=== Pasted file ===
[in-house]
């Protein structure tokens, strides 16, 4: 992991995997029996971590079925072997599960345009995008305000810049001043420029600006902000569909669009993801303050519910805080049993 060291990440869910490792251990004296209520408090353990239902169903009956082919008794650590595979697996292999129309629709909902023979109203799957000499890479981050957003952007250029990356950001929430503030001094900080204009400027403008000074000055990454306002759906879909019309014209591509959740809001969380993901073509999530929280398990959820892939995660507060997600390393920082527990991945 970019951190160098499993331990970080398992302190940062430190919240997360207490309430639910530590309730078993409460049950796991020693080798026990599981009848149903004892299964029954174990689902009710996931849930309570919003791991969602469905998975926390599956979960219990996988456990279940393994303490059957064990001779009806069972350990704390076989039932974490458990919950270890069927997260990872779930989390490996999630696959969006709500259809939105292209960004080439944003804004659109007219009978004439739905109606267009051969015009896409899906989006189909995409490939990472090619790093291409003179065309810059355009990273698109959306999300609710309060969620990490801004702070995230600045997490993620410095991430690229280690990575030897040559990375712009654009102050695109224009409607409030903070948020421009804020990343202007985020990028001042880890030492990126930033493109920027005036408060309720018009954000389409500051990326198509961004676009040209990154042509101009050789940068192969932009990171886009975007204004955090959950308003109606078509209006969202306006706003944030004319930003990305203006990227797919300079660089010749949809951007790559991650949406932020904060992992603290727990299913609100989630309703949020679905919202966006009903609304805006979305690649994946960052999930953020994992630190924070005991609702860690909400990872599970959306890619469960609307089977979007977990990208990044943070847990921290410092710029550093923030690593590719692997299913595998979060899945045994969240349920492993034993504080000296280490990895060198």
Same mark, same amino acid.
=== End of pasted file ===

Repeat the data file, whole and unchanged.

[in-house]
């Protein structure tokens, strides 16, 4: 992991995997029996971590079925072997599960345009995008305000810049001043420029600006902000569909669009993801303050519910805080049993 060291990440869910490792251990004296209520408090353990239902169903009956082919008794650590595979697996292999129309629709909902023979109203799957000499890479981050957003952007250029990356950001929430503030001094900080204009400027403008000074000055990454306002759906879909019309014209591509959740809001969380993901073509999530929280398990959820892939995660507060997600390393920082527990991945 970019951190160098499993331990970080398992302190940062430190919240997360207490309430639910530590309730078993409460049950796991020693080798026990599981009848149903004892299964029954174990689902009710996931849930309570919003791991969602469905998975926390599956979960219990996988456990279940393994303490059957064990001779009806069972350990704390076989039932974490458990919950270890069927997260990872779930989390490996999630696959969006709500259809939105292209960004080439944003804004659109007219009978004439739905109606267009051969015009896409899906989006189909995409490939990472090619790093291409003179065309810059355009990273698109959306999300609710309060969620990490801004702070995230600045997490993620410095991430690229280690990575030897040559990375712009654009102050695109224009409607409030903070948020421009804020990343202007985020990028001042880890030492990126930033493109920027005036408060309720018009954000389409500051990326198509961004676009040209990154042509101009050789940068192969932009990171886009975007204004955090959950308003109606078509209006969202306006706003944030004319930003990305203006990227797919300079660089010749949809951007790559991650949406932020904060992992603290727990299913609100989630309703949020679905919202966006009903609304805006979305690649994946960052999930953020994992630190924070005991609702860690909400990872599970959306890619469960609307089977979007977990990208990044943070847990921290410092710029550093923030690593590719692997299913595998979060899945045994969240349920492993034993504080000296280490990895060198």
Same mark, same amino acid.